Goodsprings Ghost Town
If you’re in the Las Vegas area and chasing a true Wild West ghost town day trip, there’s no better place to peel back the pages of time than Goodsprings Ghost Town. Situated about 45 minutes south of the Las Vegas Strip nearest Jean, time in Goodsprings rolls all the way back to 1904 at this frozen-in-time Nevada ghost town where visitors can get to know the famous Pioneer Saloon, adrenaline pumping off-road tours, storied Hollywood history, and what was one of the most bountiful mining districts in southern Nevada.
Massive mining efforts were happening in southern Nevada as early as the 1860s, starting with the storied Techatticup Mine in nearby Eldorado Canyon. Like Techatticup, some mining claims were made in the Goodsprings area as early as 1868, but was never really on the map until the Keystone Mine was discovered in 1902. The Yellow Pine Mining Company acquired the mine—which would eventually produce 85 million pounds of zinc and lead—and within a couple of years, the Town of Goodsprings was made official, transforming this small cluster of tent cabins into a proper boomtown.
Named after Joseph Good, who ran cattle in the Spring Mountains and Goodsprings area, most of the first buildings in town were built during 1910 and 1911, including a post office, general store, several saloons, the weekly Gazette, and the Goodsprings Schoolhouse, which still stands today and is protected by the National Register of Historic Places. By World War I, Goodsprings had a population of about 800 people and experienced a boom that lasted through World War II, but dwindled significantly after the war ended. Today, about 200 people live in Goodsprings, keeping historic businesses like the Pioneer Saloon alive and well.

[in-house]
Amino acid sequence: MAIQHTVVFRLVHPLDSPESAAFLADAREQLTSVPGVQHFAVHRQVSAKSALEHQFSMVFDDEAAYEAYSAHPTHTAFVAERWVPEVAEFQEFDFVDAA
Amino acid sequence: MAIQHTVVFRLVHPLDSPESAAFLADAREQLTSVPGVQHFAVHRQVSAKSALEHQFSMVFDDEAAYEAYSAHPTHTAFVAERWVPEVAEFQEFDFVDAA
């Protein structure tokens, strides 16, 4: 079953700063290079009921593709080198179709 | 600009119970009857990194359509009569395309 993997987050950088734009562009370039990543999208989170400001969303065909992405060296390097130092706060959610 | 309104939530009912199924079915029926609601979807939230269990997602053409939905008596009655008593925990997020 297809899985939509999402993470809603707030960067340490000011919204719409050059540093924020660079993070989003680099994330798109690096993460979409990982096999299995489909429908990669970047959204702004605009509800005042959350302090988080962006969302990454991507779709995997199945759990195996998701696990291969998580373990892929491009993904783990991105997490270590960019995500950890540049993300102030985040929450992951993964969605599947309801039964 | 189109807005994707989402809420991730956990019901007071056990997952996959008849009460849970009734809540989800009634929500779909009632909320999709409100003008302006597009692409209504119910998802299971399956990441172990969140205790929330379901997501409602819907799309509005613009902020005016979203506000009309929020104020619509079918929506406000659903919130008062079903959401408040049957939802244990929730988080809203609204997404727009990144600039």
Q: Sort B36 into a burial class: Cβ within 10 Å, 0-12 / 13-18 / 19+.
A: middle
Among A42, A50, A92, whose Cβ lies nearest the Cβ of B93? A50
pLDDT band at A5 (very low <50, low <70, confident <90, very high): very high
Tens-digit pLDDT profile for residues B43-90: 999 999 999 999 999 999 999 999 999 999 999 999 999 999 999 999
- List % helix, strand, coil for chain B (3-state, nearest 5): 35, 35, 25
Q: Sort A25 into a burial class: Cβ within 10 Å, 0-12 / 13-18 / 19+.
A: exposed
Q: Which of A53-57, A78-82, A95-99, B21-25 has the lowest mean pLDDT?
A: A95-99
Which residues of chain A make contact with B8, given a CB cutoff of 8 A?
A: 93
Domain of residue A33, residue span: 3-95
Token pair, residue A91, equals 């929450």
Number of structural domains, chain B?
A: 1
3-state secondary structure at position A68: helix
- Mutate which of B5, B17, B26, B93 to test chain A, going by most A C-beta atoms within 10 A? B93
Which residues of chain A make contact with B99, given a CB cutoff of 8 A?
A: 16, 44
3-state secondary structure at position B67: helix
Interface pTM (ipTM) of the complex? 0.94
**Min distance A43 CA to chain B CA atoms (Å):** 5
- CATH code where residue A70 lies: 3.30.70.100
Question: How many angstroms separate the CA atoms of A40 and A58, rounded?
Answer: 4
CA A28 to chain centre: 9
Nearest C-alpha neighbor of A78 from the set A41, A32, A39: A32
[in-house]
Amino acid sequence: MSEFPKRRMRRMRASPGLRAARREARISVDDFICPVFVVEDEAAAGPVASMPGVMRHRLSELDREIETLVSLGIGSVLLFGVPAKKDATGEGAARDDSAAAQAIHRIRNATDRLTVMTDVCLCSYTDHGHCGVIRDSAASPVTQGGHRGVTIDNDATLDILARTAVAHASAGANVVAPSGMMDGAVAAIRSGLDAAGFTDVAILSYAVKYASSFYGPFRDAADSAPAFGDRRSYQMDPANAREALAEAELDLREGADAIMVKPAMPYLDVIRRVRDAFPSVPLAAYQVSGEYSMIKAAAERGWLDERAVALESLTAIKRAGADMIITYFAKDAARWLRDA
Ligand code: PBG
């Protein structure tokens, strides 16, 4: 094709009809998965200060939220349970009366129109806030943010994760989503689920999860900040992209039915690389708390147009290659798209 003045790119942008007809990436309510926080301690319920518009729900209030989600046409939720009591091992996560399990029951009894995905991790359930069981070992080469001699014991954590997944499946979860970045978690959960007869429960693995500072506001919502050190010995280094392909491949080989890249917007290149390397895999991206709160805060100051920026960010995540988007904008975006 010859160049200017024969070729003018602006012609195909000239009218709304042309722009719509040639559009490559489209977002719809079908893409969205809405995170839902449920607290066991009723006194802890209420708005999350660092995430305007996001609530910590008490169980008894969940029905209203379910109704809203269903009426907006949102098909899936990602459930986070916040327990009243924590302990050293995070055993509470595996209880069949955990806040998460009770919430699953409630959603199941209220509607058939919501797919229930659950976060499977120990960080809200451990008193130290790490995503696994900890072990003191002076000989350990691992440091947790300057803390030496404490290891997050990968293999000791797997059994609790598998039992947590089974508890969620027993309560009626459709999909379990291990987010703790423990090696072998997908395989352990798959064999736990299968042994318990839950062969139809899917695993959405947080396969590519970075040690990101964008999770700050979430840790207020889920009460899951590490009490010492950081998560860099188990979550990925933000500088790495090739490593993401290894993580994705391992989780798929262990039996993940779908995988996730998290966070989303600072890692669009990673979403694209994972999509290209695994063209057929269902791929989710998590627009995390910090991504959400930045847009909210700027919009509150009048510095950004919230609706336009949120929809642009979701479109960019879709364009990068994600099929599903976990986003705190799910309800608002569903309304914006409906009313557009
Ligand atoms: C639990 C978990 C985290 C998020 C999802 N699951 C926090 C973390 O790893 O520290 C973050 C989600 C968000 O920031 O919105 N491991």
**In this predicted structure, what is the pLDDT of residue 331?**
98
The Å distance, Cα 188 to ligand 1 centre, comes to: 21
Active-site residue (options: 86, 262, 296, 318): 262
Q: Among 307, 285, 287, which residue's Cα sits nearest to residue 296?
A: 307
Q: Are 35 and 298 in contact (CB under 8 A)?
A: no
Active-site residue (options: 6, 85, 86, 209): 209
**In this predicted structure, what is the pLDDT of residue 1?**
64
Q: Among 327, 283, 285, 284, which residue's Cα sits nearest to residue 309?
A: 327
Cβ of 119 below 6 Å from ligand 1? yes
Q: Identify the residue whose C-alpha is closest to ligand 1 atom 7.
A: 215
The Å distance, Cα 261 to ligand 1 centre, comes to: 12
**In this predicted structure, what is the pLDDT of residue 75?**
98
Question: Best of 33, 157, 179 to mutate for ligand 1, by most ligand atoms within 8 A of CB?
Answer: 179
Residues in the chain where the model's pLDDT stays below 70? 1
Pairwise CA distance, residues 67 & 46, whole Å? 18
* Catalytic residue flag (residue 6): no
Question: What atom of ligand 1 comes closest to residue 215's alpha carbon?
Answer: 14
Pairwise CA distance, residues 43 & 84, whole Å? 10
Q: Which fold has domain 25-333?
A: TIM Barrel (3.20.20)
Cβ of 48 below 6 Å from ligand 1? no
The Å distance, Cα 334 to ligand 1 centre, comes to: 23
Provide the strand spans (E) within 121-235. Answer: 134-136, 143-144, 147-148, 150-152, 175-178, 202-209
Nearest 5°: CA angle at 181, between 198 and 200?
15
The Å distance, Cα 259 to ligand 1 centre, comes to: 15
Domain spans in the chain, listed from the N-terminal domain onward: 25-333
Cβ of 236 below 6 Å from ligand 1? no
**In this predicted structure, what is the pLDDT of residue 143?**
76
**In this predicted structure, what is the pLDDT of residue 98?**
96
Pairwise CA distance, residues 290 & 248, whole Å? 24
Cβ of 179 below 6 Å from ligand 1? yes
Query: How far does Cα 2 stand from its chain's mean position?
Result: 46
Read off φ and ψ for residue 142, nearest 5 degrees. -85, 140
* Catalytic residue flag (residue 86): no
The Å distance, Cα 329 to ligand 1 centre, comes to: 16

The Goodsprings Pioneer Saloon
The Pioneer Saloon is the oldest bar in southern Nevada, dating all the way back to 1913. One of our fave Sagebrush Saloons in the state, the Pioneer has been a fixture of Goodsprings for more than 100 years, incorporating fixtures from other Nevada boomtowns like an original Brunswick bar counter from Rhyolite Ghost Town after its bust. Outfitted with original wooden boardwalks out front, the Goodsprings Pioneer Saloon is a stamped tin manufactured building made by Sears and Roebuck. It’s believed to be one of the last—if not the very last—of its kind in the United States.
The Pioneer Saloon became legendary long before the 1940s, but became even more well known after an incident involving two of Hollywood’s most famous celebrities. Actress Carole Lombard was finishing a war bond rally and on a flight from Indiana to Los Angeles, and after refueling in Las Vegas, her plane tragically crashed into Mt. Potosi—a mere 11 miles from Goodsprings. Lombard’s husband, Clark Gable, waited at the Goodsprings Pioneer Saloon for days, awaiting for her search party to return. You can see evidence of his visit from cigarette burns in the Brunswick bar counter, as he nodded off awaiting news of what would become Lombard’s untimely death.
Over the years, countless movies and television shows have been filmed at the Pioneer Saloon, which is said to be a paranormal hot spot. Grab a Food Network featured Ghost Burger, join the thousands of people who’ve knocked down a cold beer on tap at this historic bar counter, then talk to the bartender. He’s sure to have a good story or two, and point you in the right direction of a Goodsprings Historic Walking Tour, which tours the Goodsprings General Store, Goodsprings Elementary School, Campbell Stone Cabin, and beyond. Vegas Off Road Tours also departs from the Pioneer Saloon, which runs through historic Goodsprings mine sites and beyond.
The best way to get to know Goodsprings Ghost Town is by checking out the Goodsprings Pioneer Saloon first. Here, you can grab a cold one at Nevada's oldest saloon, get a lay of the land from your local bartender, and more info on the Goodsprings Historic Walking tour with a map from the gift shop.
No admission is required to check out the Goodsprings Pioneer Saloon, or this historic ghost town.